Updated at 4:39 p.m. with reaction, additional details
CLAYTON — St. Louis County Police Sgt. Keith Wildhaber offered to settle his discrimination lawsuit for $850,000 plus a promotion to lieutenant six months before a jury awarded him nearly $20 million, the Post-Dispatch has learned.
On Wednesday, County Counselor Beth Orwick said that the Board of Police Commissioners had refused to settle the case, but did not indicate the amount that had been discussed.
Reached on Thursday, the board’s former chairman, Roland Corvington, declined to comment. The other four members of the police board, Laurie Westfall, Lawrence Wooten, Mark Gaertner and Art Johnson, did not respond to calls and texts from a reporter.
Wildhaber’s attorneys at the Riggan Law Firm sent the terms of the settlement to former St. Louis County Counselor Peter Krane and Assistant County Counselor Mike Hughes on April 5, 2019, according to sources familiar with the case.
The attorneys cautioned the county that they had evidence to support Wildhaber’s claims that Chief Jon Belmar and his command staff had refused to promote him because he is gay.
Wildhaber’s attorney, Russ Riggan, declined to comment Thursday, saying, “The firm is not in a position to comment because the litigation is ongoing.”
Hughes and Krane had until April 19 to respond, but never did, according to the sources.
Hughes was the county’s lead attorney during the five-day trial that ended Oct. 25.
The settlement offer came at a time when the county counselor’s office was answering federal subpoenas connected to the FBI investigation that brought down then County Executive Steve Stenger.
County Executive Sam Page replaced Stenger on April 29.
Page announced the appointment of Orwick as county counselor at a County Council meeting June 25. She was confirmed by the County Council on July 16.
On Wednesday, Orwick blamed the five-member police board for not settling the Wildhaber case. The commission is a five-member board appointed by the county executive. Page announced this week that he will be replacing some of the commissioners.
“Many times, the best outcome is a settlement but there are many reasons that cases are not settled,” Orwick said. “In this case the Board of Police Commissioners decided not to settle.”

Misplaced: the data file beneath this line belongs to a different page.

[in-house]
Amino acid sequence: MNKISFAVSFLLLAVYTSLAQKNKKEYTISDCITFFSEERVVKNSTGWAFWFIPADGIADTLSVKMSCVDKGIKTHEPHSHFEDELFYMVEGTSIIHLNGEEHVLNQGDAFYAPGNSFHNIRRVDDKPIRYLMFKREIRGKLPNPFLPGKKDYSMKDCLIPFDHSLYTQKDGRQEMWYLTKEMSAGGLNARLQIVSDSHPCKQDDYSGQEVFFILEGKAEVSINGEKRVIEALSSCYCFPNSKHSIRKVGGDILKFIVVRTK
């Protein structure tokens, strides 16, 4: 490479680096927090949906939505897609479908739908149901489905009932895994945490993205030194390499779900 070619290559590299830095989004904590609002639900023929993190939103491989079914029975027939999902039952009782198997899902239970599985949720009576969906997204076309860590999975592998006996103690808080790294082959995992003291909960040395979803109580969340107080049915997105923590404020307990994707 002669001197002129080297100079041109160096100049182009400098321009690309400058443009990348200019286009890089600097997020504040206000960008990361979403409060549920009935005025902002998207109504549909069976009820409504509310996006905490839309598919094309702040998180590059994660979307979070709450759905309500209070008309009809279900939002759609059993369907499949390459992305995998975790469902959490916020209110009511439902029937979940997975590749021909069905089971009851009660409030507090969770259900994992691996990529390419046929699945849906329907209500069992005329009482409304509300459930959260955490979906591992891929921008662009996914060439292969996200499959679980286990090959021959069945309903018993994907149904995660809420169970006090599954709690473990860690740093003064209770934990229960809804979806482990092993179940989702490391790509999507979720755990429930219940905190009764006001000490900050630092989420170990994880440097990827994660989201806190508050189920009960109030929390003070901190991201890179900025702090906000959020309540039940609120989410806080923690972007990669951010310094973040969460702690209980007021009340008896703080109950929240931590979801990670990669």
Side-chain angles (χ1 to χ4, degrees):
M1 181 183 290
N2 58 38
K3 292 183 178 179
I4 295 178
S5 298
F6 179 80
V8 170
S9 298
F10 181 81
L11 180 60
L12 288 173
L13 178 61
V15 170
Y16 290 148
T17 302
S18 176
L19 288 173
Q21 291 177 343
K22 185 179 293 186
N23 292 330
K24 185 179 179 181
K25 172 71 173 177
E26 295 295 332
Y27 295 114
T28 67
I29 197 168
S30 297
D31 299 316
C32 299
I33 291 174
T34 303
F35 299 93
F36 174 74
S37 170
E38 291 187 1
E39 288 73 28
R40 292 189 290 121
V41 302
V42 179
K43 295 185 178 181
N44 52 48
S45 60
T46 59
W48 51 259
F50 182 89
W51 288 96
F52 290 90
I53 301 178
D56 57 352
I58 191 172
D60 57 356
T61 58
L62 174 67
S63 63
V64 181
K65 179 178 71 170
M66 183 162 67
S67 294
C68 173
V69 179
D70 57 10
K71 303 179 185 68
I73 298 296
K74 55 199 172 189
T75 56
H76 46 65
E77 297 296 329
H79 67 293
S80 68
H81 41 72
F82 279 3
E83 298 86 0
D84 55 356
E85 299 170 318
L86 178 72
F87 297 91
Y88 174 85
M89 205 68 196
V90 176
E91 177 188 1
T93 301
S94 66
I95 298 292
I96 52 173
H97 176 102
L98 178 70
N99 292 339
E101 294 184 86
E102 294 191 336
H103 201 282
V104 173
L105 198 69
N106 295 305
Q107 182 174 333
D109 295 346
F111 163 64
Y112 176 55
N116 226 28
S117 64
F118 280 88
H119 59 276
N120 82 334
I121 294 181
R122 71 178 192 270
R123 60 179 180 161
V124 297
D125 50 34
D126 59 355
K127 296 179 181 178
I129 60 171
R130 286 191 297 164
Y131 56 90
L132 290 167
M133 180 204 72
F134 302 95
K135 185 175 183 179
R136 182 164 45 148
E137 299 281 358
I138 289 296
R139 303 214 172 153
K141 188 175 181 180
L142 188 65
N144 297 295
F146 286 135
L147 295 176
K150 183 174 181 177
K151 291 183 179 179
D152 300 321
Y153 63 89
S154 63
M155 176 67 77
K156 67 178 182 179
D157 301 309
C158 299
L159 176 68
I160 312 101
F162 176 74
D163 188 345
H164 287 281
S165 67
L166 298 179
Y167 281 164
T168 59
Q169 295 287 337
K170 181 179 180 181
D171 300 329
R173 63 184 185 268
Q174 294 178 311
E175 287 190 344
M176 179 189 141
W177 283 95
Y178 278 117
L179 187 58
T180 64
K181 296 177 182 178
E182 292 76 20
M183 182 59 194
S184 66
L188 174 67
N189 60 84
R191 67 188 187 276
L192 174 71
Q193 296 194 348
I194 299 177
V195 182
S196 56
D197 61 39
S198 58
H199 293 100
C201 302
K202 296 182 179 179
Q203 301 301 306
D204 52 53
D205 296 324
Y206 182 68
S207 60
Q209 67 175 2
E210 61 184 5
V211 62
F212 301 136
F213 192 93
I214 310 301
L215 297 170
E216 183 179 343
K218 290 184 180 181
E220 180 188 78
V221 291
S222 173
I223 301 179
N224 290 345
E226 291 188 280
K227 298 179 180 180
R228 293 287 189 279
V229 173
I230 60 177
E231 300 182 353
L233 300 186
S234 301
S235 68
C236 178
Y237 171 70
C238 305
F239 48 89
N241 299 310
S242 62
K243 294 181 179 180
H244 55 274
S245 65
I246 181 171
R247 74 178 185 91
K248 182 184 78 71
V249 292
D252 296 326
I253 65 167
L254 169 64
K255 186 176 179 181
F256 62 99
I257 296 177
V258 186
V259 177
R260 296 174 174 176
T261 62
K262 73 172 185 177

Councilwoman Rochelle Walton Gray, D-4th District, said she did not think the County Council had been made aware of the settlement offer.
“It would have saved us a lot of money if they had gone ahead and settled,” she said. “I think that just lends to the indication that we do need to change the current Board of Police Commissioners.”
Wildhaber, a 24-year St. Louis County police veteran, filed the lawsuit in January 2017, claiming a former St. Louis County Police Board member told him to “tone down your gayness” if he wanted to be promoted.
He also alleged in his lawsuit that he was involuntarily transferred in retaliation for filing his EEOC complaint, to the midnight shift in the Jennings Precinct from afternoon shifts in the Affton Precinct.
Belmar took the stand for 3½ hours over two days.
He testified that the timing of Wildhaber’s transfer, which happened within weeks of his discrimination complaint, was “completely coincidental.”
Belmar also testified that he had legitimate reasons not to promote Wildhaber, including a three-day suspension Wildhaber served in 2008 for not filing 23 police reports while working as a fraud detective and Wildhaber's failure to tell the department of his involvement in an FBI investigation.
Wildhaber’s attorneys called in witnesses, including other police officers, to testify about the retaliatory and discriminatory culture within the department under Belmar’s command.
Capt. Guy Means denied knowing a woman who testified that he told her Wildhaber was too “fruity” to get promoted, but she gave the jury a picture of the two of them bear hugging each other in a photo booth at the event just hours before they went into deliberations.
In his closing argument, Riggan said Wildhaber estimated he had lost out on $165,000 in pay by not being promoted over the years. Jurors came back just under three hours later with a verdict more than 120 times that amount.
The jury of five men and seven women, almost equally divided along racial lines, deliberated for about three hours before reaching its verdict.